Jeremy Corbyn (still looking likely to be the surprise choice as leader of the British Labour Party) has some explaining to do. The Jewish Chronicle puts him in the crosshairs with the following:
The key questions Jeremy Corbyn must answer
It now seems a near certainty that Jeremy Corbyn will become leader of the Labour Party in just under a month.
How the Labour Party chooses its leader, and who it chooses, is its own business. But as Leader of the Opposition, Mr Corbyn will hold a formal constitutional role, and will hold a hope — however realistic or otherwise — of becoming Prime Minister.
The JC rarely claims to speak for anyone other than ourselves. We are just a newspaper. But in this rare instance we are certain that we speak for the vast majority of British Jews in expressing deep foreboding at the prospect of Mr Corbyn’s election as Labour leader.
Because, although there is no direct evidence that he has an issue himself with Jews, there is overwhelming evidence of his association with, support for — and even in one case, alleged funding of — Holocaust deniers, terrorists and some outright antisemites.
If Mr Corbyn is not to be regarded from the day of his election as an enemy of Britain’s Jewish community, he has a number of questions which he must answer in full and immediately. The JC asked him earlier this week to respond. No response has been forthcoming.
It’s too early to conclude much. However, unless the mainstream media pick up on this particular challenge, Corbyn’s team will ignore it, and hope it goes away. (It won’t – at least for the majority of the Jewish community there.) Either that, or there will be a less than comprehensive answer, mentioning his track record in Parliament (or some such other diversionary nonsense) as being the true mark of the man.
Here are the questions:
1. Did you donate, as alleged by its founder, to Deir Yassin Remembered (DYR), a group that publishes open antisemtism, run by Holocaust denier Paul Eisen — an organisation so extreme that even the Palestine Solidarity Campaign refuses to associate with it?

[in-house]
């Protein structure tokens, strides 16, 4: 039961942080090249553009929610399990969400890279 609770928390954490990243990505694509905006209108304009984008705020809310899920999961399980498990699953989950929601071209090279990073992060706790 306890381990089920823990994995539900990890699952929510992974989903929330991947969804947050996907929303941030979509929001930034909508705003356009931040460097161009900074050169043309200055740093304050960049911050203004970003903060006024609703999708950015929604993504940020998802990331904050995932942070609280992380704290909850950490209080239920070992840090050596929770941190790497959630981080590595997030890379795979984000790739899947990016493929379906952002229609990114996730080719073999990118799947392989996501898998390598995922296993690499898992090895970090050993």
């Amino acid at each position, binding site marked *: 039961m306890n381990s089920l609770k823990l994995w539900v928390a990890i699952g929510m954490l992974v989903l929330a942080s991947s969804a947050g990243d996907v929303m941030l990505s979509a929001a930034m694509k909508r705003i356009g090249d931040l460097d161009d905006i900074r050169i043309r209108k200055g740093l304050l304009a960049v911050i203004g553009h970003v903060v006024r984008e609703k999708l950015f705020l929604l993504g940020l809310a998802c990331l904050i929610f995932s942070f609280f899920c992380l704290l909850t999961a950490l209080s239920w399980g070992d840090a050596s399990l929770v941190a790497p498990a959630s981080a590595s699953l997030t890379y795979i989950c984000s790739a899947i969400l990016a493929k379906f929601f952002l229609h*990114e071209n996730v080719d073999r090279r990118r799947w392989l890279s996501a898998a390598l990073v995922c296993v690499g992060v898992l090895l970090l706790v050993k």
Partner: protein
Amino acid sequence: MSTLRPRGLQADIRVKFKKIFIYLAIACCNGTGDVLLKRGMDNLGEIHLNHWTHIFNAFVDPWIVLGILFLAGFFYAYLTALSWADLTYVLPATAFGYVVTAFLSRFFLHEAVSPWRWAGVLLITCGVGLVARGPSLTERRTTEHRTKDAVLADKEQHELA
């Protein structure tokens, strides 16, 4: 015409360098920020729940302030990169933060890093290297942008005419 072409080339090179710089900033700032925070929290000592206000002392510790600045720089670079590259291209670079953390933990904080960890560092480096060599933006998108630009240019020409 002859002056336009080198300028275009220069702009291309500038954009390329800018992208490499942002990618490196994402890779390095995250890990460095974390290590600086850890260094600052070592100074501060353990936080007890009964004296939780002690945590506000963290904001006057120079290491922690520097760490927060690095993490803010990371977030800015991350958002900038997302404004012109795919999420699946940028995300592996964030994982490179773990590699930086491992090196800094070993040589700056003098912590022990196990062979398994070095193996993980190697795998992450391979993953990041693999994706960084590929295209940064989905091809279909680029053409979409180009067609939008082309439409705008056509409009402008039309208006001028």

2. Have you, as Mr Eisen claims, regularly attended DYR’s annual conference?
3. Why have you accepted an invitation to appear at a conference on August 22 alongside Carlos Latuff, the notorious anti-Semitic cartoonist?
4. Why did you write to the Church of England authorities to defend Rev Stephen Sizer, a vicar banned from social media because of his habit of posting anti-Semitic conspiracy theories, telling them that Rev Sizer was “under attack” because he had “dared to speak out over Zionism”?
5. Why do you associate with Hamas and Hezbollah and refer to them as your “friends”?
This Hamas and Hezbollah one is a bit of an own goal for the media. They should have more artfully challenged him on this when they had the chance. (See here.)
6. Why have you failed to condemn the anti-Semitic posters and banners that dominate the annual Al-Quds Day rally, sponsored by the Stop The War Coalition, which you chair?
7. Why did you describe Raead Salah, a man convicted of the blood libel, as an ‘honoured citizen’?
It could have been worse: he could have called him his friend…
It is difficult not to see a pattern in Mr Corbyn’s associations, and his refusal at any point to answer the fears of the Jewish community raised by these associations.
In a nation where, thank heavens, racism and extremism are now regarded as beyond the pale, it is little short of astonishing that a man who chooses to associate with racists and extremists is about to become leader of one of our two main parties and could conceivably become Prime Minister.
If JC (ahem) becomes the leader, perhaps the more realistic (or best) expectation is that he will take steps to mend fences with the Jewish community, letting his past (at least in his eyes) fade into the darkened corridors of history. But the more chilling scenario is that he says nothing, becomes leader, and does nothing about the situation. In that case, the boats will have been well and truly burned. In such a case, I fervently hope that predictions of his leadership putting the party into a permanent state of being unelectable, prove to be correct.